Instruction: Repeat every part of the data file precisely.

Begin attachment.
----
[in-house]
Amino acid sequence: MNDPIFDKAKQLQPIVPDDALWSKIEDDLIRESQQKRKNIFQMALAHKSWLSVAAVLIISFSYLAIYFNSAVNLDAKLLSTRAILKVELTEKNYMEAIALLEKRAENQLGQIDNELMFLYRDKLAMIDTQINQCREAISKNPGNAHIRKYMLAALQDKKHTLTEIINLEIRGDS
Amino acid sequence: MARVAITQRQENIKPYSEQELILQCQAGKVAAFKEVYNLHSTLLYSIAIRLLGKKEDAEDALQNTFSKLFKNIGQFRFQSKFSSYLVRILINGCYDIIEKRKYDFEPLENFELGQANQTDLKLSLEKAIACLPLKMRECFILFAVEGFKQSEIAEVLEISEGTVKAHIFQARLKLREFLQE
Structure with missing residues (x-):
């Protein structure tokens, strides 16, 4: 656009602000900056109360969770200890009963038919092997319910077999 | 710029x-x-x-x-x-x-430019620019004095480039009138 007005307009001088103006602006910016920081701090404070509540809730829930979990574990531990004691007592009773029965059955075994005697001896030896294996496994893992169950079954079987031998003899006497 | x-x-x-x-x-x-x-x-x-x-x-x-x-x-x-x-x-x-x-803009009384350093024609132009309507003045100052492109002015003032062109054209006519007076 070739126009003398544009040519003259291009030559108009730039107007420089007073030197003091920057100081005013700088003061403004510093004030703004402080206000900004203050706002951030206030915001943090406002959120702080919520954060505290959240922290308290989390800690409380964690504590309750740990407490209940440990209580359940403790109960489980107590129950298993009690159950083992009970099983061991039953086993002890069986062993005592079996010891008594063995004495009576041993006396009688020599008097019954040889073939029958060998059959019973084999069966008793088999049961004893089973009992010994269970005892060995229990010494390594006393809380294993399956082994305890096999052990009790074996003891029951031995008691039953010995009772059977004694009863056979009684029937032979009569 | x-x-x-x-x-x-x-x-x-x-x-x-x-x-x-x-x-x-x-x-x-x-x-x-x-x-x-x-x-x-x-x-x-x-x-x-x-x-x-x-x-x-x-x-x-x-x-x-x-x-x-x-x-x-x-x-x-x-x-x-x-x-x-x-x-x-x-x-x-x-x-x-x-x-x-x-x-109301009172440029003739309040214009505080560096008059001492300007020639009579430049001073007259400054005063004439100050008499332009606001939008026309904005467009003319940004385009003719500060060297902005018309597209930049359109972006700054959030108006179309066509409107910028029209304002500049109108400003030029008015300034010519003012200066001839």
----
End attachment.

[in-house]
Amino acid sequence: MNDPIFDKAKQLQPIVPDDALWSKIEDDLIRESQQKRKNIFQMALAHKSWLSVAAVLIISFSYLAIYFNSAVNLDAKLLSTRAILKVELTEKNYMEAIALLEKRAENQLGQIDNELMFLYRDKLAMIDTQINQCREAISKNPGNAHIRKYMLAALQDKKHTLTEIINLEIRGDS
Amino acid sequence: MARVAITQRQENIKPYSEQELILQCQAGKVAAFKEVYNLHSTLLYSIAIRLLGKKEDAEDALQNTFSKLFKNIGQFRFQSKFSSYLVRILINGCYDIIEKRKYDFEPLENFELGQANQTDLKLSLEKAIACLPLKMRECFILFAVEGFKQSEIAEVLEISEGTVKAHIFQARLKLREFLQE
Structure with missing residues (x-):
């Protein structure tokens, strides 16, 4: 656009602000900056109360969770200890009963038919092997319910077999 | 710029x-x-x-x-x-x-430019620019004095480039009138 007005307009001088103006602006910016920081701090404070509540809730829930979990574990531990004691007592009773029965059955075994005697001896030896294996496994893992169950079954079987031998003899006497 | x-x-x-x-x-x-x-x-x-x-x-x-x-x-x-x-x-x-x-803009009384350093024609132009309507003045100052492109002015003032062109054209006519007076 070739126009003398544009040519003259291009030559108009730039107007420089007073030197003091920057100081005013700088003061403004510093004030703004402080206000900004203050706002951030206030915001943090406002959120702080919520954060505290959240922290308290989390800690409380964690504590309750740990407490209940440990209580359940403790109960489980107590129950298993009690159950083992009970099983061991039953086993002890069986062993005592079996010891008594063995004495009576041993006396009688020599008097019954040889073939029958060998059959019973084999069966008793088999049961004893089973009992010994269970005892060995229990010494390594006393809380294993399956082994305890096999052990009790074996003891029951031995008691039953010995009772059977004694009863056979009684029937032979009569 | x-x-x-x-x-x-x-x-x-x-x-x-x-x-x-x-x-x-x-x-x-x-x-x-x-x-x-x-x-x-x-x-x-x-x-x-x-x-x-x-x-x-x-x-x-x-x-x-x-x-x-x-x-x-x-x-x-x-x-x-x-x-x-x-x-x-x-x-x-x-x-x-x-x-x-x-x-109301009172440029003739309040214009505080560096008059001492300007020639009579430049001073007259400054005063004439100050008499332009606001939008026309904005467009003319940004385009003719500060060297902005018309597209930049359109972006700054959030108006179309066509409107910028029209304002500049109108400003030029008015300034010519003012200066001839």